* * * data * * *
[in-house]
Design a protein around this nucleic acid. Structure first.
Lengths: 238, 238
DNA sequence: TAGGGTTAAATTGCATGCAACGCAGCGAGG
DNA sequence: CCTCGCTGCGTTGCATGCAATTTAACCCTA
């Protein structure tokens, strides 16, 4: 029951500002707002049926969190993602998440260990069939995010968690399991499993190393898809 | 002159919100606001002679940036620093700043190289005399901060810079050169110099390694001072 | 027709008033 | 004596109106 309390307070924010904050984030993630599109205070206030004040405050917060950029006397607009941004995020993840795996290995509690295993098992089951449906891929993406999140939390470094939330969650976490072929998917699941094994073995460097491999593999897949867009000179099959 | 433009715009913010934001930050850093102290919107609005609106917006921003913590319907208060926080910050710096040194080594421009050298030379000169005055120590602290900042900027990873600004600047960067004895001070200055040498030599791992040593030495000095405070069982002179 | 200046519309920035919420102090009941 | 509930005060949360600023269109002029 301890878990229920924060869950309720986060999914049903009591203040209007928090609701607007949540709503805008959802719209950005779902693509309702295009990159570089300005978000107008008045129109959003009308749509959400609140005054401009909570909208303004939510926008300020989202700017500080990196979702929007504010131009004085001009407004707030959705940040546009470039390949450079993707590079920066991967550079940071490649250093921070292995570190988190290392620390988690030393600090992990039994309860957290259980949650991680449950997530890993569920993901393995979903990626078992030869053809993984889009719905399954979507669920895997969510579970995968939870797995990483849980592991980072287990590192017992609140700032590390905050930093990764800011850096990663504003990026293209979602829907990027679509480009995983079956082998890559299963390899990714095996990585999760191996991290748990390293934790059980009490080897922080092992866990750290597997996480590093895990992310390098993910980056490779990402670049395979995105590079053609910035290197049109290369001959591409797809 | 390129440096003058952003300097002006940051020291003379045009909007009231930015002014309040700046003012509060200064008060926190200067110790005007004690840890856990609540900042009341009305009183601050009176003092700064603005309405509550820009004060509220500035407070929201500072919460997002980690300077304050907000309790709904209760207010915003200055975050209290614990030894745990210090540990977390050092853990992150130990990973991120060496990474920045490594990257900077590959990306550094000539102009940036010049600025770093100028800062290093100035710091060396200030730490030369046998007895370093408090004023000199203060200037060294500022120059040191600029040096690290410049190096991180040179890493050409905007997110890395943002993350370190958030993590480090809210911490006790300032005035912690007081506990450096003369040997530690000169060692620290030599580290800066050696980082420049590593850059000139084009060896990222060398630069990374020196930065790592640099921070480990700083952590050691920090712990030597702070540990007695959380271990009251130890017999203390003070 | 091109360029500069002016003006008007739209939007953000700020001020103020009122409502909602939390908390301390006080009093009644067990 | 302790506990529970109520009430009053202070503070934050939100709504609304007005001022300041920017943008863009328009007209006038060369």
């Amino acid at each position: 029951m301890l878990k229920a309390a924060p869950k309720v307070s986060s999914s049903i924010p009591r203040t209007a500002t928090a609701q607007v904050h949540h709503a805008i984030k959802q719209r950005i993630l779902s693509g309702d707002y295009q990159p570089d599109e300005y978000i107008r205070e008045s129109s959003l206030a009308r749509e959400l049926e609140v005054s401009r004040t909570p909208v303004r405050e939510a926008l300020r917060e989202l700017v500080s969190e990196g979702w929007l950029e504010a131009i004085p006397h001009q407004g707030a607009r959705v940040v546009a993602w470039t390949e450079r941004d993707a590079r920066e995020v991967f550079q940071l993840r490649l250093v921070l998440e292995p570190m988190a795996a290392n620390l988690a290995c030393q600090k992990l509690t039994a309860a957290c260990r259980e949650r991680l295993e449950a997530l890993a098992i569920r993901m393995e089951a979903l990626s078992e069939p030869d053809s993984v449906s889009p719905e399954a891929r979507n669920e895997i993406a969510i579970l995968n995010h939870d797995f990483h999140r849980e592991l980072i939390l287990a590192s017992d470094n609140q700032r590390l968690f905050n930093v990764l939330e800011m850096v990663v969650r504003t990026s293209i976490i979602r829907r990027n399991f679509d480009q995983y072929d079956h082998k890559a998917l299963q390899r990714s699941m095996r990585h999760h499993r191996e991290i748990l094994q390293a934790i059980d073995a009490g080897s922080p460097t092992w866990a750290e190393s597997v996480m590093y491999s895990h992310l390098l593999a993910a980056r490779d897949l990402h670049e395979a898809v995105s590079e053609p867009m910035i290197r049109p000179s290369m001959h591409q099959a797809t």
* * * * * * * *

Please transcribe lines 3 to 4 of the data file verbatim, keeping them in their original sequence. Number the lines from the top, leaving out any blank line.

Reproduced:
Lengths: 238, 238
DNA sequence: TAGGGTTAAATTGCATGCAACGCAGCGAGG